UPDATE 1-South Africa faces strike wave as labour strife widens
* Union signals strike in gold sector likely next week
* Construction workers will down tools from Monday
* Strikes are damaging for Africa's biggest economy
* Auto sector strike is already costing $60 mln a day
JOHANNESBURG, Aug 22 (Reuters) - South Africa faced a strike wave across leading sectors of the economy on Thursday and the labour unrest threatened to hit its struggling gold industry, already squeezed by rising costs and falling bullion prices.
Despite appeals from President Jacob Zuma and other government leaders for peaceful wage negotiations in Africa's largest economy, the National Union of Mineworkers (NUM) said its members in the construction sector would down tools from Monday.
The NUM was also consulting its membership on a strike in the gold industry, which could start next week following an impasse in salary talks with mining companies.
Although South Africa has fallen in the world ranking of gold producers, gold remains its main mineral export and the industrial action, including an auto industry strike already underway, will inflict more damage on the struggling economy.
Violent wildcat strikes in the mining industry last year cost billions of dollars in lost output, dented economic growth, and led to damaging downgrades of South Africa's credit rating. More than 50 people died in protests at the mines.
The strife has also battered the rand, which dropped to a new four-year low against the dollar early on Thursday.
"We trust that working together, all parties will cooperate and see value in promoting lasting labour peace in our crucial mining sector," Zuma said on Thursday.
He was addressing a gathering of the 85,000-member SACTWU textile workers' union, which is also considering a strike.
Increasing wage claims and militancy among workers struggling to make ends meet as their living costs rise, are a major problem for Zuma's African National Congress (ANC) government before elections scheduled for next year.
It faces accusations that since apartheid ended in 1994, Nelson Mandela's liberation movement has paid more attention to the interests of a wealthy elite than to the country's workers, unemployed and poor.
Trade Minister Rob Davies recognised "a deteriorating labour relations environment, rooted in deep inequalities, rooted in insecurities arising from changes in the fortunes of the mining industry, insufficient career pathing, high levels of worker indebtedness".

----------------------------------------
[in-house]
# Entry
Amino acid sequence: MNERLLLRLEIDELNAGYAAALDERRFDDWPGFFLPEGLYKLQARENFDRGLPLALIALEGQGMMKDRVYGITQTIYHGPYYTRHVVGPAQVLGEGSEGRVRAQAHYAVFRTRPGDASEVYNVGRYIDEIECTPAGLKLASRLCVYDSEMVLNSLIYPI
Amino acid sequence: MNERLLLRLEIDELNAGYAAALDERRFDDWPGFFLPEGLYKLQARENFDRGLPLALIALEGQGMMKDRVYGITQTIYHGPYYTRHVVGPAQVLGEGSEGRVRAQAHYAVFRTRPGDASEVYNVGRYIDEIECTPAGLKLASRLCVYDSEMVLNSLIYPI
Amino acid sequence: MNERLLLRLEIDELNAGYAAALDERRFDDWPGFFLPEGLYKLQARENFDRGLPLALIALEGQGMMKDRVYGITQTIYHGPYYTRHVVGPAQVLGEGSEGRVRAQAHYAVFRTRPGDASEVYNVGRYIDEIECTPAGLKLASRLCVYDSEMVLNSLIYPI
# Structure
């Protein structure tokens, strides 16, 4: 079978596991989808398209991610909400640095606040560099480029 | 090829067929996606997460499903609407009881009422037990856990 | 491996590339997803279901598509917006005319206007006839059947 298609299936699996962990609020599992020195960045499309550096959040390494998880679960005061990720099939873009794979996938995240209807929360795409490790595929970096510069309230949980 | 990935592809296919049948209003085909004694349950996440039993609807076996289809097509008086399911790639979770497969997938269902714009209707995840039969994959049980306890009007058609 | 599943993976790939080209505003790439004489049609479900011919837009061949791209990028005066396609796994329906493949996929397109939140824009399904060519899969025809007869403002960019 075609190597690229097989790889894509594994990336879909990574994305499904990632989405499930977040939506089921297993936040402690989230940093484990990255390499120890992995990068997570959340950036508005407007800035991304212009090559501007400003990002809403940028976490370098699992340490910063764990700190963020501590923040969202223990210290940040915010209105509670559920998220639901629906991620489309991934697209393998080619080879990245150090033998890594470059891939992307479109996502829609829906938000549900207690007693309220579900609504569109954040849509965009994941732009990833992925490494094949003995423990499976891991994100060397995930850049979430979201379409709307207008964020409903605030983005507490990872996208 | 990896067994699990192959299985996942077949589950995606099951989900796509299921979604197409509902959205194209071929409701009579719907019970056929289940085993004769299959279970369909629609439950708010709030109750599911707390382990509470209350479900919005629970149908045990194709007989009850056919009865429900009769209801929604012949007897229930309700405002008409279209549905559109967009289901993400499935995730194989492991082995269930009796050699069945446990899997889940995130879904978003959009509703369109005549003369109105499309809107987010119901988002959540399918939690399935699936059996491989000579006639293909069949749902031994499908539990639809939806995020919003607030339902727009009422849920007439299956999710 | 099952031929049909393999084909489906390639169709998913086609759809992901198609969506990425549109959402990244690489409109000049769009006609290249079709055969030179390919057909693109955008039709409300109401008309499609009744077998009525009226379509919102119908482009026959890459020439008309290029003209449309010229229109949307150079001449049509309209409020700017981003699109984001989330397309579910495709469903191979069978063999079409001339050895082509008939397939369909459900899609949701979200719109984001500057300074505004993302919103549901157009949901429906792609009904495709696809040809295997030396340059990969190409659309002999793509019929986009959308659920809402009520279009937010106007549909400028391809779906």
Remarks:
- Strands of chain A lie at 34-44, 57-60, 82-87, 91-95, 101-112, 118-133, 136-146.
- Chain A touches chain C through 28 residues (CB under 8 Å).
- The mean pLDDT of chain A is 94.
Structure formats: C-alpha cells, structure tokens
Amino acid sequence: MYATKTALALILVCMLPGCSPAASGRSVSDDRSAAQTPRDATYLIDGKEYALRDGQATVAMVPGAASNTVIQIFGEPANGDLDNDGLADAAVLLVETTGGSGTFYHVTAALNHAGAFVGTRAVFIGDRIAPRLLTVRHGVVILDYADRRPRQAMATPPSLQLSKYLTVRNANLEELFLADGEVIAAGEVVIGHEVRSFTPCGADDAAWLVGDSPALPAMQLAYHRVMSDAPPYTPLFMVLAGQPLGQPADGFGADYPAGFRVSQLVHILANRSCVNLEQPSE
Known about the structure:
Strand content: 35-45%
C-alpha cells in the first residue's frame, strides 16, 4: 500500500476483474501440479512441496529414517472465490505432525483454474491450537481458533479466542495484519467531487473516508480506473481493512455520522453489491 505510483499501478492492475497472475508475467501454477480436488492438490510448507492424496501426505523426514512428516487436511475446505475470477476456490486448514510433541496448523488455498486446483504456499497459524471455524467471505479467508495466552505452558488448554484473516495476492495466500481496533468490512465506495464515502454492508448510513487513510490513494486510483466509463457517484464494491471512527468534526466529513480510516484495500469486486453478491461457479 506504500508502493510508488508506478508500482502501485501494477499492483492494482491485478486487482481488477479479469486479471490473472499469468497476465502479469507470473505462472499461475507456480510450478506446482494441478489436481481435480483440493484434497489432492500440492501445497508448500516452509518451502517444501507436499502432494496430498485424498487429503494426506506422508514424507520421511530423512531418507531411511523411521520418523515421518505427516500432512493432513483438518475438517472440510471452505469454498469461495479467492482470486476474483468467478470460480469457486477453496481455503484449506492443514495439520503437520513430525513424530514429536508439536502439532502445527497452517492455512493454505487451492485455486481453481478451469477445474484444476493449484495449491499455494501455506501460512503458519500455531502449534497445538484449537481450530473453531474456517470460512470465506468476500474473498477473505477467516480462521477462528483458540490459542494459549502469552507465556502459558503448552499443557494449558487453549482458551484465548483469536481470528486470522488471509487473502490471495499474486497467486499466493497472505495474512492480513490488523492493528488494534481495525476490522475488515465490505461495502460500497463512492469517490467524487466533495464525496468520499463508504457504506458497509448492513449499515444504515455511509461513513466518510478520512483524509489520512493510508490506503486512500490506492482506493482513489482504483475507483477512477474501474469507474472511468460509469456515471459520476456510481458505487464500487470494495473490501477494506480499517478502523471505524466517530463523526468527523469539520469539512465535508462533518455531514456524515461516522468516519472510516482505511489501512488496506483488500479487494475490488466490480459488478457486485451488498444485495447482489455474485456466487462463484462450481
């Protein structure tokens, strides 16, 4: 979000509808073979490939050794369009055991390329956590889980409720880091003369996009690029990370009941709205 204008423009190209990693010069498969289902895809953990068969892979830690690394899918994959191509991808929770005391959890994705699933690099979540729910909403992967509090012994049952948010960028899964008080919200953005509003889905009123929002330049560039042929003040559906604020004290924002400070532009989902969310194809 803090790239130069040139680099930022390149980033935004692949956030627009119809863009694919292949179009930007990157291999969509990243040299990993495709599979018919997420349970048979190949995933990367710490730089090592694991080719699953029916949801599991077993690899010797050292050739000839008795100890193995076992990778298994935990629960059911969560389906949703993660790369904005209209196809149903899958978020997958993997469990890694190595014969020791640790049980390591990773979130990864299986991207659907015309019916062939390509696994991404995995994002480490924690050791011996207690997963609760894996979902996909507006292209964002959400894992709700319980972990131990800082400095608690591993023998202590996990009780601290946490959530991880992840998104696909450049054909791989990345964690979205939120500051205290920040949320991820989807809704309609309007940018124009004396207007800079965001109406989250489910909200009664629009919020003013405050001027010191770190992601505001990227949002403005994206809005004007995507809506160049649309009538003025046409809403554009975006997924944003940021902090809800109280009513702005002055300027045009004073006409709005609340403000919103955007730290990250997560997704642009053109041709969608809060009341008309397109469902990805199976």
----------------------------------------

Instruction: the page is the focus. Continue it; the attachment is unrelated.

"All of this, we think, has created a situation where there are very high wage demands and a loss of patience with more moderate negotiating frameworks," he said in Cape Town.
Kevin Lings, chief economist at Stanlib, said more strikes would frighten away potential investors and increase the cost of international borrowing for South Africa, if they led to further credit downgrades.
"Overall, it has already done South Africa quite significant damage and obviously ongoing strike action will continue to undermine the ability of South Africa to prosper," he told Reuters.
GOLD STRIKE COULD START WEDNESDAY
The NUM represents about 64 percent of the roughly 140,000 miners in the South African gold industry, where major operators include AngloGold Ashanti, Gold Fields, Harmony and Sibanye Gold.
The opposing sides in the gold sector remain far apart after the weeks of talks, with virtually no narrowing of the gap between the unions and employers, whose latest offer was a 6 percent wage increase for some categories.
The NUM, which is seeking a 60 percent increase, walked out of the talks along with a smaller union UASA and applied for what is known in South Africa as a "certificate of non-resolution" from the government mediator, which was granted. This effectively allows them to strike.
"The earliest we will issue companies with notice of the strike is Monday next week," NUM spokesman Lesiba Seshoka said.
With such notice normally being given 48 hours before any action, this meant a stoppage in the gold industry could start on Wednesday.
The NUM's more hardline rival, the Association of Mineworkers and Construction Union (AMCU) which represents about 17 percent of the gold labour force, has submitted wage demands as high as 150 percent, but is still engaged in negotiations.
A membership turf war between NUM and AMCU was behind last year's mine violence.
The stoppage in the construction sector which has already been announced would affect major companies such as Wilson Bayly Holmes Ovcon, Aveng Ltd and Group Five Ltd .
South Africa's faltering economy is already losing an estimated $60 million a day to a strike by 30,000 workers in the car manufacturing sector that accounts for 6 percent of gross domestic product.
This strike entered its fourth day on Thursday and has affected global firms operating in South Africa, including Toyota, Ford and General Motors.
In the gold sector, companies are being squeezed between growing worker militancy which has pushed up wage costs and falling bullion prices.
Labour accounts for over 50 percent of costs and gold's spot price is 30 percent lower than the record peak of over $1,920 an ounce it reached almost two years ago. About half of the country's shafts are losing money at these levels, the industry says.